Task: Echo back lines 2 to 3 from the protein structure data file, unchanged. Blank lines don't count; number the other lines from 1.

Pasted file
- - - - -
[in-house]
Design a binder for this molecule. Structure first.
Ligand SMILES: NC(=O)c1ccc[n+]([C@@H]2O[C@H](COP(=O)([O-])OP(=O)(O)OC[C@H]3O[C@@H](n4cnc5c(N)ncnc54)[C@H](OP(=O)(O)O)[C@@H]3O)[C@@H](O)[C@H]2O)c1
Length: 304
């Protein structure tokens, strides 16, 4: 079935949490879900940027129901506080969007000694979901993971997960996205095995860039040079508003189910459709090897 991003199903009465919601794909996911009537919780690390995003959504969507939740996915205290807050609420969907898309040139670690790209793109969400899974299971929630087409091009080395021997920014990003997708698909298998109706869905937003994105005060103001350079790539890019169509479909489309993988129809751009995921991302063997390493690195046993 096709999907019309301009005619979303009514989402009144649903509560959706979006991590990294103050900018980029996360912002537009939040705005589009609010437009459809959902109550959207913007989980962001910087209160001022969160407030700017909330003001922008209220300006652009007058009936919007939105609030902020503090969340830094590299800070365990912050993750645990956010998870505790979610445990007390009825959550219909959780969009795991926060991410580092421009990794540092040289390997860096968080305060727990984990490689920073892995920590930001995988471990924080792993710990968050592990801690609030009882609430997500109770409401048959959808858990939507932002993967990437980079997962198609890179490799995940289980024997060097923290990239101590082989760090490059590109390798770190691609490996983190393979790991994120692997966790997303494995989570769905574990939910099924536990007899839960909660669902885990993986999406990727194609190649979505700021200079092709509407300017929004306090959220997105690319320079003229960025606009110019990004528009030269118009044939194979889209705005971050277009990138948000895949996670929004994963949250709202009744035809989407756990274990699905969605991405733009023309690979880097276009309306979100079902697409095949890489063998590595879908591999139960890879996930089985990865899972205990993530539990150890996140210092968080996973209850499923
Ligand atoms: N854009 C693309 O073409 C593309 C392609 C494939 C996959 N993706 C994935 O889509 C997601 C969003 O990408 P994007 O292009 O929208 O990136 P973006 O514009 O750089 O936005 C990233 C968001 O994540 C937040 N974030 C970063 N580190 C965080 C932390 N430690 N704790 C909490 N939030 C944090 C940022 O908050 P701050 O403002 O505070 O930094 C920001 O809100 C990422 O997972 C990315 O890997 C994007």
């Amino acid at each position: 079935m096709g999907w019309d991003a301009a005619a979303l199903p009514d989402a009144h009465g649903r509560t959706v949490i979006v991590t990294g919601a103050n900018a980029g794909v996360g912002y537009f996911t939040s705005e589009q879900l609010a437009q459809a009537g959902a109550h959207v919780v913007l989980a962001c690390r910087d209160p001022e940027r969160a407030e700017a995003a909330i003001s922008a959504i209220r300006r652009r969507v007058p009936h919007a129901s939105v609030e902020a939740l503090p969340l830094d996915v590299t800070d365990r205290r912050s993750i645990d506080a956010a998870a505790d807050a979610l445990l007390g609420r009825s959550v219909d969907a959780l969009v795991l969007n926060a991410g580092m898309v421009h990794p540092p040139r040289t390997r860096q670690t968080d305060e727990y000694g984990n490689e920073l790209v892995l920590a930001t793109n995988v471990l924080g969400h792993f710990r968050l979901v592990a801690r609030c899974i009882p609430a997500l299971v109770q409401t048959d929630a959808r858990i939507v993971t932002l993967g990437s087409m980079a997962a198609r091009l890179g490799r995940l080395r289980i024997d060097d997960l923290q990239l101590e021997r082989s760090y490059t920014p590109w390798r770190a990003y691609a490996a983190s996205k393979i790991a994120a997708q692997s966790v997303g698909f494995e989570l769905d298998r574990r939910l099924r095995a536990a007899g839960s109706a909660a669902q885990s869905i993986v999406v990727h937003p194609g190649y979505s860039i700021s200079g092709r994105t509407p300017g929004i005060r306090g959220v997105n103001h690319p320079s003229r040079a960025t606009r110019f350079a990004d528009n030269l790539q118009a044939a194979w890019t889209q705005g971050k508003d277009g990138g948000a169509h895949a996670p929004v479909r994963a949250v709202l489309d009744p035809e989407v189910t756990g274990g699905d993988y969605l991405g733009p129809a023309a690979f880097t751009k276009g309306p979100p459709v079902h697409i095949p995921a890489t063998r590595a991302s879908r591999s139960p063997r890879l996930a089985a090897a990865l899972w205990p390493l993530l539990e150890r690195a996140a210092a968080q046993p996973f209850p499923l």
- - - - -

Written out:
Design a binder for this molecule. Structure first.
Ligand SMILES: NC(=O)c1ccc[n+]([C@@H]2O[C@H](COP(=O)([O-])OP(=O)(O)OC[C@H]3O[C@@H](n4cnc5c(N)ncnc54)[C@H](OP(=O)(O)O)[C@@H]3O)[C@@H](O)[C@H]2O)c1